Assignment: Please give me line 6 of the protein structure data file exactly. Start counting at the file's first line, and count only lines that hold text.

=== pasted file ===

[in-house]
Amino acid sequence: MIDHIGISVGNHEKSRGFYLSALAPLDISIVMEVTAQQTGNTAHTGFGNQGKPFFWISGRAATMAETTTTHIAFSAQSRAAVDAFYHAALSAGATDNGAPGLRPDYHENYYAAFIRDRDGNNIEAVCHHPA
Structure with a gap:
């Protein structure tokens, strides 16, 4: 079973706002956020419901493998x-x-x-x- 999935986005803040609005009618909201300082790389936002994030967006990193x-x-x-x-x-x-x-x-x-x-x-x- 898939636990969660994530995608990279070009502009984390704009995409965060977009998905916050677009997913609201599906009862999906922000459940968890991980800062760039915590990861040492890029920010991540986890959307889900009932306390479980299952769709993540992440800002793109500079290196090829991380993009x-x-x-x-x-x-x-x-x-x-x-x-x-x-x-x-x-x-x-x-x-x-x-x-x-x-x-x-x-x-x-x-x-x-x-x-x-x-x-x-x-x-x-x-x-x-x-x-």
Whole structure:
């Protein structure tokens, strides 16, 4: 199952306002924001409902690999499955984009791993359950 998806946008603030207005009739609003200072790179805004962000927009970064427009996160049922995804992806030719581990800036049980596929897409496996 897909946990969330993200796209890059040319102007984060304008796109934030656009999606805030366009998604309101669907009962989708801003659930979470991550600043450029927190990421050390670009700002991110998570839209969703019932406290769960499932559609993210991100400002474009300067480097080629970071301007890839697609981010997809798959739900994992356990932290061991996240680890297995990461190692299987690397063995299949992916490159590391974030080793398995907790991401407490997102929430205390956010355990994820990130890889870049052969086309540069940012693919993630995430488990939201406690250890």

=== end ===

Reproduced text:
């Protein structure tokens, strides 16, 4: 199952306002924001409902690999499955984009791993359950 998806946008603030207005009739609003200072790179805004962000927009970064427009996160049922995804992806030719581990800036049980596929897409496996 897909946990969330993200796209890059040319102007984060304008796109934030656009999606805030366009998604309101669907009962989708801003659930979470991550600043450029927190990421050390670009700002991110998570839209969703019932406290769960499932559609993210991100400002474009300067480097080629970071301007890839697609981010997809798959739900994992356990932290061991996240680890297995990461190692299987690397063995299949992916490159590391974030080793398995907790991401407490997102929430205390956010355990994820990130890889870049052969086309540069940012693919993630995430488990939201406690250890």